Murphy is in the Hall of Fame and deservedly so, but he was booed out of Toronto and the Leafs dumped him at the deadline for future considerations in 1997. He won the Cup with the Red Wings that year and the next, and he extended his career through 2000-01.

Dandenault wasn't even a full-time defenseman. Olausson had left the NHL for Switzerland. He signed with the Wings, won the Cup in 2002, played one more season in the NHL and then went to Sweden. Chelios, a future Hall of Famer, actually didn't play with Lidstrom all that much – mostly on the penalty kill and in crucial situations. Lilja had left the NHL for Sweden. He signed with the Wings, played with Lidstrom for a while, then eventually sank as low as the minors. He is now with the Philadelphia Flyers as a third-pairing guy.

Wings forward Henrik Zetterberg(notes) said Lidstrom is "a pretty good partner to have. But you can't put anyone there, either. You have to put a smart player [with him] so they can understand each other."

Rafalski was a perfect fit. Like Murphy, he was a veteran, a former Cup champion, who had hockey sense, skill and a right-handed shot – allowing for easier passing with the left-handed Lidstrom. He won the Cup in 2008, came within a game of winning it again in '09 and seemed certain to take at least one more shot at it in 2011-12, with one season and $6 million remaining on his contract. But with his body too banged up, he abruptly retired in the summer. Lidstrom was coming back for at least one more season at age 41, but without his partner.

The Wings surveyed the market. Guys like Kevin Bieksa(notes), Christian Ehrhoff(notes) and James Wisniewski(notes) all landed rich contracts before free agency, and Ed Jovanovski(notes) landed one on July 1.

Then there was White. He was only 5-foot-10 and 200 pounds, but Rafalski had been only 5-foot-10 and 194 pounds. White had hockey sense and skill, and he had a right-handed shot. The Wings also had just seen him play for the Sharks – coached by former Detroit assistant Todd McLellan, who runs the same systems with the same terminology – and they liked his competitiveness.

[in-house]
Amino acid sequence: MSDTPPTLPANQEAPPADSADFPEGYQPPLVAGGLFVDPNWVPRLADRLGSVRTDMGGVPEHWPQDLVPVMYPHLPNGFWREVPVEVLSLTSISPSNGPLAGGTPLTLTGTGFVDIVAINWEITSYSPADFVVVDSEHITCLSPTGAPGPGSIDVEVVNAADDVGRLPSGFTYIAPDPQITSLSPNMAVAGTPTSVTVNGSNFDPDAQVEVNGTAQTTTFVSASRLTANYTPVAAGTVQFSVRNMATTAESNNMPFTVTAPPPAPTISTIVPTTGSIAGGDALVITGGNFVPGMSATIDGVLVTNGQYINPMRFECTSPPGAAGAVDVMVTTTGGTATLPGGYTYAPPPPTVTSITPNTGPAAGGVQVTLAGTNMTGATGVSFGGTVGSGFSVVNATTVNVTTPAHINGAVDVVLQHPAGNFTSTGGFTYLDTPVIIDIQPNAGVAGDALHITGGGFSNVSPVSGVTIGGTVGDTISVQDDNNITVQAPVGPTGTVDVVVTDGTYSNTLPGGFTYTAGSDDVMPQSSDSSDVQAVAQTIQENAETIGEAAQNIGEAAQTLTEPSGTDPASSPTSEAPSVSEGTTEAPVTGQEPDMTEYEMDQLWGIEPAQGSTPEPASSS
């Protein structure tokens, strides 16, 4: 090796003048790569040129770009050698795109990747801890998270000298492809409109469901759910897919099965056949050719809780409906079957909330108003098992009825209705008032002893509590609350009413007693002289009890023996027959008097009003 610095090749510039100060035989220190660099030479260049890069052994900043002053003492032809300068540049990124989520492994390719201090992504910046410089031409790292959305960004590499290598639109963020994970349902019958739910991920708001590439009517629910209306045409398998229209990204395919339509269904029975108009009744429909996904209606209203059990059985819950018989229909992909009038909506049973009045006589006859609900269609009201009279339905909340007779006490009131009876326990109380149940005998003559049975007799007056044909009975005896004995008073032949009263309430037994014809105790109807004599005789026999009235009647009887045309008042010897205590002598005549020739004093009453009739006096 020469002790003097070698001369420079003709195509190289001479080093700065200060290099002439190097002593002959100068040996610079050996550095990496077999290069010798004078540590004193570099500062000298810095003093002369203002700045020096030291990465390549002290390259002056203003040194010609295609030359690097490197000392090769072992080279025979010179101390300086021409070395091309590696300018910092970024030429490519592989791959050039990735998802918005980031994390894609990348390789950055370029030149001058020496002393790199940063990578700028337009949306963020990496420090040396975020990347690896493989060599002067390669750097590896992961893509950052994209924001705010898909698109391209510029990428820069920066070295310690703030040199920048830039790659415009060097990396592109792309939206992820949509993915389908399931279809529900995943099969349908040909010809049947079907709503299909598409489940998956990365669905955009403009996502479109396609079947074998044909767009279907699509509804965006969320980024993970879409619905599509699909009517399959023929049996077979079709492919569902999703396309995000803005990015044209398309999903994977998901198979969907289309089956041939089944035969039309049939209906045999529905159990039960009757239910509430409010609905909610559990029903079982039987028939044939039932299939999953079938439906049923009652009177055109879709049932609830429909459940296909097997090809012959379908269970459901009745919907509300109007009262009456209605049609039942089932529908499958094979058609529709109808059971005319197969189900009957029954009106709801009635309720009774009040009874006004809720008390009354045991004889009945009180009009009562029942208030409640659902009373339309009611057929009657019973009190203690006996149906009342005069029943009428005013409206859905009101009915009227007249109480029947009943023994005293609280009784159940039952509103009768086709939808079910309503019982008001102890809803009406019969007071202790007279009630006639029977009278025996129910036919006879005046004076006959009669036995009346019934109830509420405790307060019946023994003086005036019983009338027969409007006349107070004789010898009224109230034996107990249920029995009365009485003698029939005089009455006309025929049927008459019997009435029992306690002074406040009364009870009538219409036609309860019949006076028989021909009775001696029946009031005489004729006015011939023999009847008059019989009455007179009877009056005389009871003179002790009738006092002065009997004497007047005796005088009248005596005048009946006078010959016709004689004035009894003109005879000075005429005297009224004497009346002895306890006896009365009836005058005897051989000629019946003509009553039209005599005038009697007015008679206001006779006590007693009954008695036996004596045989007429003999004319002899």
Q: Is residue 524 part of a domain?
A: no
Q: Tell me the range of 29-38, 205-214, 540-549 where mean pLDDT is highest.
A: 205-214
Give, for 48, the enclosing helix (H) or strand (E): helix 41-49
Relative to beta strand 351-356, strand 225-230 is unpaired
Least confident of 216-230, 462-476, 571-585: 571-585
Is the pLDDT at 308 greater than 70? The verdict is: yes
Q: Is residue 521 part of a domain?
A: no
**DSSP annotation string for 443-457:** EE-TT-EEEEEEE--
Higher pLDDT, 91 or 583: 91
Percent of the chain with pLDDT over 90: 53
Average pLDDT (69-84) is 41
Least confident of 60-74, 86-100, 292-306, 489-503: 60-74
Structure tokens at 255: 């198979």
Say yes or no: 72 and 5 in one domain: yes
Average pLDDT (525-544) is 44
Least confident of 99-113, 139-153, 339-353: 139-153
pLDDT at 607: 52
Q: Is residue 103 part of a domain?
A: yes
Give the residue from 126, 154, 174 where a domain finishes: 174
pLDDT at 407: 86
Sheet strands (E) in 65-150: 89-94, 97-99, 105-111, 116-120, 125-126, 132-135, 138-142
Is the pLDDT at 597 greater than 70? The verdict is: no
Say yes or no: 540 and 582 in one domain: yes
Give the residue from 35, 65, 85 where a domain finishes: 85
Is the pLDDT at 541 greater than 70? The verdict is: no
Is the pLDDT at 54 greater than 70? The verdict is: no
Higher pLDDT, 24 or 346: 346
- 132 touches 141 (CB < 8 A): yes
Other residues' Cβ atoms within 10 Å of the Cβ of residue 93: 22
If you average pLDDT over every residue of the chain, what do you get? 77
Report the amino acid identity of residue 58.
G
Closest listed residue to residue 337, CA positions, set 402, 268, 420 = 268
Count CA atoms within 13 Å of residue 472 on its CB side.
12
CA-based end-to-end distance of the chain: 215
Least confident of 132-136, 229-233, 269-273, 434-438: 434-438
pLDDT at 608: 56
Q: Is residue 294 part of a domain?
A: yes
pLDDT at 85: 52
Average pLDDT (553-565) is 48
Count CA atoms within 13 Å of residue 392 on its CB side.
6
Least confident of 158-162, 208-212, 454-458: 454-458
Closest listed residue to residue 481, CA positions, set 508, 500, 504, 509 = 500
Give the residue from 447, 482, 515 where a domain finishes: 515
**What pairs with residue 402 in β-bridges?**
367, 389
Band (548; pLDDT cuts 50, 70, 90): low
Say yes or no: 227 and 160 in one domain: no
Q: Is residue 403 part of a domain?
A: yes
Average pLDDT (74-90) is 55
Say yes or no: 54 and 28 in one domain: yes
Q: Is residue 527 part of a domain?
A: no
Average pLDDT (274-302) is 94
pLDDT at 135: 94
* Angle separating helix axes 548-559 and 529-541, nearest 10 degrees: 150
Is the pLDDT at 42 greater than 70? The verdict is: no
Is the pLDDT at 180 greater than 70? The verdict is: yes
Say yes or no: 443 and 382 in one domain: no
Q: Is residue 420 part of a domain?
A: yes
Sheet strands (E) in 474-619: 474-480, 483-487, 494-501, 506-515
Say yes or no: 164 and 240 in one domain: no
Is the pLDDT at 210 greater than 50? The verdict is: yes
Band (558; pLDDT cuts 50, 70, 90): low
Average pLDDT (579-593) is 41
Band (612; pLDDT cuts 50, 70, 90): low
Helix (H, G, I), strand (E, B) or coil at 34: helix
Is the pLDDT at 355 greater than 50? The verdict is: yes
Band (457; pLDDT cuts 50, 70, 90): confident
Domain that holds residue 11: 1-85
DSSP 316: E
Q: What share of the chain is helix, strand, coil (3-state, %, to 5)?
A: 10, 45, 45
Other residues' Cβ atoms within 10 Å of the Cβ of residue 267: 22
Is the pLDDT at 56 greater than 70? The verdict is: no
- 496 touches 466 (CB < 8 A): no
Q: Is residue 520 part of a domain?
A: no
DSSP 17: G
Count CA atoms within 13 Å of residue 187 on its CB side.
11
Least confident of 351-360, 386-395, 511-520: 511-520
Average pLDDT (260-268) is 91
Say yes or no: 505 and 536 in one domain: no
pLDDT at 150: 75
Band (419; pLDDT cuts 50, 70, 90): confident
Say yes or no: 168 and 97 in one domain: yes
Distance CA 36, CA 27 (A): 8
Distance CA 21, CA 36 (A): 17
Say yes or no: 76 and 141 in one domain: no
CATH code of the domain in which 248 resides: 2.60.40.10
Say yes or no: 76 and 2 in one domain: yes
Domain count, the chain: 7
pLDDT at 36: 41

"You go through all the lists," Wings coach Mike Babcock said. "Is he 6-foot-4? No. Is he an elite skater? No. Does he have a bomb for a shot? No. He just knows how to play."

The Wings also liked that White was only 27 and still had some upside entering his prime years. They are notoriously patient with players, and they have struck gold with other well-traveled late-bloomers such as Mikael Samuelsson(notes) and Danny Cleary(notes). To them, if you have the right characteristics, you might fit in Detroit better than you did elsewhere. It can be a positive that you've bounced around, experienced life, grown up.

"To me, that gives you some battle scars," Babcock said. "He understands what it takes. When you talk to him, he's relaxed about it. He's got a family. I mean, he's a man. He's not a kid."

Maybe White was a poor man's Rafalski. But for two years and $5.75 million, that was fine.

Said Wings general manager Ken Holland: "He was a good fit for a lot of reasons."

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The first day of training camp in Traverse City, Mich., White saw his name on a lineup sheet. He was paired with Lidstrom. He said he had to pinch himself.

If White can click with Lidstrom, that means the Red Wings can keep together their strong second pairing of Niklas Kronwall(notes) and Brad Stuart(notes). So far, so good. "Getting familiar with a player takes a little while," Lidstrom said, "but I think it's been an easy transition for both of us."

They keep it simple – getting open for each other, moving the puck up ice, not holding on to it too long. "It's a fun pairing to play with," Zetterberg said. "You always know you'll get the puck on your tape if you're in the right spot, so it's been good. It's what we hoped for, and I think even a little bit more than we hoped for."

As White stood in the Wings' dressing room the other day – his fifth dressing room in a matter of months – he looked comfortable. After so many twists and turns, he seemed to be in a good place. He appeared at peace with the fickleness of the game.

"It's an easy team to fit into," White said. "We've got so many veterans in this locker room. Guys have been through it before. We just play solid hockey. You can see in the games where we turn it up, we just dominate the games. So I think we know that we have that confidence. Even if you're down a pair or whatever, we know that at any moment the tide can turn."